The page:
A few weeks back, I decided to revisit one of my favorite video game franchises, “Bioshock”. I was very excited to touch up on it, so I played the entire series. One thing intrigued me. The soundtrack from the very first in the series, “Bioshock”, to the most recent, “Bioshock Infinite”, has evolved extremely. It seemed that the more the game’s plot evolved, the music progressed as well.
Let’s take a look at the first installment, “Bioshock”, and the sounds that inhabit this game. You’ll take note that the music isn’t very expansive. Rather, it’s just an ominous back tone that picks up in moments of climax, especially to fit the story. However, this is perfect for the game, as “Bioshock”‘s story line and lore completely negate the lacking soundtrack. You can feel the presence of the sheer horror that is around you at every moment. Sometimes, a soundtrack doesn’t have to be loud and advanced to be right for the game. I apply this same analysis to, “Bioshock 2” as well, since “Bioshock 2”‘s location and lore are similar to that of its predecessor.
This simple soundtrack uses a more classic approach to horror themes, as it uses a variety of stringed instruments, all with sharp tones to invoke a sense of fear into the player. Since the series also takes place during the 1960’s, there are also charming little bits and pieces of tunes that were inspired by that era. You’ll find them during the loading screen, or even in rooms filled with blood. It’s funny how a tune that’s so innocent can fit the disturbing scenario so perfectly!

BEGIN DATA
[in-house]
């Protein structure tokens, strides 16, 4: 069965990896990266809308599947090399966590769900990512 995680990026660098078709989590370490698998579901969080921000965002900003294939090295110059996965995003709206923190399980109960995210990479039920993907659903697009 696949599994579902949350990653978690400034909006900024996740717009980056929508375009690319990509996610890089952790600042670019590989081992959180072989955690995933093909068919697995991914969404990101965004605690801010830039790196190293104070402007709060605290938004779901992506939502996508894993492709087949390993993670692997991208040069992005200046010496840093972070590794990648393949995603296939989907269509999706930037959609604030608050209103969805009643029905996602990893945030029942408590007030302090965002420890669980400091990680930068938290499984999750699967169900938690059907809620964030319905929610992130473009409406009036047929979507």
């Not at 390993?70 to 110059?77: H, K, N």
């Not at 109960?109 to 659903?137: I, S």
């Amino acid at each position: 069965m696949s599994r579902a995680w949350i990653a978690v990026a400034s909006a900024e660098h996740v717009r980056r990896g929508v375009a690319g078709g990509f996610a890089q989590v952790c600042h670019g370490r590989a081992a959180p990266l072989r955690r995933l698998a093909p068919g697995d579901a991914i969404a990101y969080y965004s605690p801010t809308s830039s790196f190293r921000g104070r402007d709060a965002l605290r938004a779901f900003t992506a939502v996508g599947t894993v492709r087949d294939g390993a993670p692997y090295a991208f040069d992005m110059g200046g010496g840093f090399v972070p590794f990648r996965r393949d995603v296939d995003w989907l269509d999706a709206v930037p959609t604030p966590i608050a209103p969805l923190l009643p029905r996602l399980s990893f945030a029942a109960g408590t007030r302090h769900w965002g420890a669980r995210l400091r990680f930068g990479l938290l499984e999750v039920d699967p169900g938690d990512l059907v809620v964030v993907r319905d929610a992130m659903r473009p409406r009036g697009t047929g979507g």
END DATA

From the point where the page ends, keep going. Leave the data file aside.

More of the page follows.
Now we enter the world of “Bioshock Infinite”, a game with one of my new personal favorite soundtracks from any video game. While the predecessors of the series were less focused on the music, “Bioshock Infinite” took it to a different level. I’ll begin with the anachronistic (classic piano sound) style of music that is played so frequently in this game. It is all over the map, being played in various locations. The track titled “Solace” is also played throughout the loading screens. However, what I found interesting is that different parts of the song were playing during different parts of the game. When the game picked up in the story, the section of the song which contains the slow paced, sharp sounding piano was playing before the level began. When the story was taking a “break”, from the constant action, the music was innocent and calm.
Did I mention that there are anachronistic covers of hit songs from the 80’s? Oh, how silly of me. Well, there are a lot, so I’ll give you my personal favorite. The hit song “Everybody Wants to Rule the World” by Tears for Fears is remade beautifully in this game. The creators re-imagined this song into a Jazz-Waltz style, which makes the song move at a faster pace. These covers are quite excellent, but there are more songs with different styles. In the beginning of the game, if you explore the city of Columbia a bit, you’ll find a barbershop quartet covering “God Only Knows” by The Beach Boys. If you head over to the carnival in the second mission, you’ll hear a circus-themed version of “Girls Just Wanna Have Fun” by Cyndi Lauper. These covers are everywhere, and it truly reflects the brilliant effort that was put into this game.
There is plenty more to talk about, but I think I’ll let you find out for yourself. Check out the official soundtrack on iTunes or Spotify. As always, stay tuned for my article next week, and I’ll see you soon!